Some of you might have seen one of my earlier essays comparing trends in Republican politics with runaway selection in evolution. If longer tail feathers attract peahens, tail feathers on peacocks will lengthen over generations to the point that the feathers might actually limit the bird's ability to move or hide. Likewise, during the late 1980's and 1990's, we saw talk radio and right-wing media pushing for increasingly conservative Republicans, to the point where being able to shout "USA, USA, USA!" louder than another candidate is more important than a demonstrated ability to read and write. Hence the madness we're dealing with.

I keep hoping that the next election cycle will break this trend - that the selection has now created political peacocks that can no longer walk or fly because of their outsized tail feathers, and a large enough number of Republicans will say "enough." They're stuck between two rocks - they can't win the primaries without the redhatter base, but are starting to find it more difficult to win the general election with it. The 2020 election burst any remaining bubbles of hope I had that we'd already gotten there - but clearly, we're not.

And now, it's starting to cost lives and throwing those of us still alive into a tailspin of confusion.

My home state does not allow school districts to issue mask mandates. Its legislature and governor don't seem too interested in promoting vaccinations, either.

State policy, technically speaking, applies to K-12 education. It doesn't actually include universities. But the state Board of Regents has decided to see things otherwise, and so we're now the only Big 10 institution without a mask mandate.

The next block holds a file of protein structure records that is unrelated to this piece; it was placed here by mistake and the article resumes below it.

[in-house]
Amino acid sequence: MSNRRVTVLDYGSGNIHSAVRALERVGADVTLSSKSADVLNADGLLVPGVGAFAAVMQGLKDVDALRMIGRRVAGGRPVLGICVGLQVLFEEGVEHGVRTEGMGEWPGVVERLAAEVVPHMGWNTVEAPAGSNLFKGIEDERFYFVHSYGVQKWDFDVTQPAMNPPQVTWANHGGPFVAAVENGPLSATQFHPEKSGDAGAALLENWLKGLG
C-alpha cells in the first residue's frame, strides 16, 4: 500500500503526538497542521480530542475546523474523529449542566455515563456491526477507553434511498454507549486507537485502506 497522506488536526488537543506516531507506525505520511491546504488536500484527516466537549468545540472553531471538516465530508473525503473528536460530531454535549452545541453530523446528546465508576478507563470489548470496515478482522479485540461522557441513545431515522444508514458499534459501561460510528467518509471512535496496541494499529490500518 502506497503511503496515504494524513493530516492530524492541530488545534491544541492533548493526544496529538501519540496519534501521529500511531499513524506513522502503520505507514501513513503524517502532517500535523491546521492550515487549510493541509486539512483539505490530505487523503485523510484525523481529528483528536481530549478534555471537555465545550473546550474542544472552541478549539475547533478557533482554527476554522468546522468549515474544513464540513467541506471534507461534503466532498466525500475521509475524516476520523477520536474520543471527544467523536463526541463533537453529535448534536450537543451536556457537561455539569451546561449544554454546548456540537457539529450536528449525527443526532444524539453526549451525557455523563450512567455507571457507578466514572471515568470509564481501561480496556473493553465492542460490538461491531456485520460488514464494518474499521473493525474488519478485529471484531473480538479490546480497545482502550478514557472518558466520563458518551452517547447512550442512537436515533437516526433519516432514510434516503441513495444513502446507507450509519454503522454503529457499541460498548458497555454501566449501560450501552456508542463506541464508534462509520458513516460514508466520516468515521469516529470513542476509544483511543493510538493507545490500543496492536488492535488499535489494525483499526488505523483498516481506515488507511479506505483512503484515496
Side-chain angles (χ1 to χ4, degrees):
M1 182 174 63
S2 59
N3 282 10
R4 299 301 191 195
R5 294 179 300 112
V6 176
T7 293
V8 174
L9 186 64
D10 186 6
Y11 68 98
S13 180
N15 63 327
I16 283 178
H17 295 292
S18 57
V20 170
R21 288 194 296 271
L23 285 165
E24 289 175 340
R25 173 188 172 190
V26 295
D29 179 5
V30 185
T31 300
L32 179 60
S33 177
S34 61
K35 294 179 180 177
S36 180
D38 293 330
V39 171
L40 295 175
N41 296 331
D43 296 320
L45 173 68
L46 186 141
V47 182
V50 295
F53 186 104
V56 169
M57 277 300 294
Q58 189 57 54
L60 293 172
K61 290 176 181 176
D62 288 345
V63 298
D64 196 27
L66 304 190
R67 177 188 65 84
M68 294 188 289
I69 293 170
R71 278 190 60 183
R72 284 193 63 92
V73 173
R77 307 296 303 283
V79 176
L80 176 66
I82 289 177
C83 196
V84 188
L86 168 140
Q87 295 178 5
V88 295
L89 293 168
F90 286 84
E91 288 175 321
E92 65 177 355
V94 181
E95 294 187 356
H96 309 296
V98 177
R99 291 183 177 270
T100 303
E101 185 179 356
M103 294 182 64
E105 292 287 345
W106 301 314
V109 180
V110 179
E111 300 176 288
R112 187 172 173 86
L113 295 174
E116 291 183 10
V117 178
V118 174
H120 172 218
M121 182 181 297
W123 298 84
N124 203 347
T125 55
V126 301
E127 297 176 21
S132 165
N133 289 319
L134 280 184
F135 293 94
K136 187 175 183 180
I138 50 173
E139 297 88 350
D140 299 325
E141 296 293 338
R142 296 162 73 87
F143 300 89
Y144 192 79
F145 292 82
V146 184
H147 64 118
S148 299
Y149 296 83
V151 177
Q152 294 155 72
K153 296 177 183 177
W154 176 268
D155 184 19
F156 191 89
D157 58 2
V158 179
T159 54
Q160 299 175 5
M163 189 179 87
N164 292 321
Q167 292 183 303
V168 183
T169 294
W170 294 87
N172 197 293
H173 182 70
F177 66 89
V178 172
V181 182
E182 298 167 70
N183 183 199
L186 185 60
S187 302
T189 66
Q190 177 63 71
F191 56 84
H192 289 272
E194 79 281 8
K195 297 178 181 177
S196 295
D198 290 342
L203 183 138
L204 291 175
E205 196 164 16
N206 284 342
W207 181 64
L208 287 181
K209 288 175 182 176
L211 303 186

The city council has issued a mask mandate. It's supposed to cover all public buildings in town. But the local school district is saying it won't comply - and frankly, I understand that decision, even if i dislike it. The district went to court over an in-person teaching mandate last fall and lost. It cost them a lot of money. And the higher-ups at my university have announced we're taking our marching orders from the BoR. Indeed, for a short time, we were issued "guidelines" that all but forbade us from talking about vaccines or masks with only the narrowest of exceptions. (I have no idea how the Department of Epidemiology would have dealt with it.). It was reversed almost as soon as the rest of the country noticed it, but the fact that the people supervising the whole institution felt obliged to bow before bullshit, being given to them by people who know it's bullshit but feel either entitled or constrained to pretend it's not, is alarming.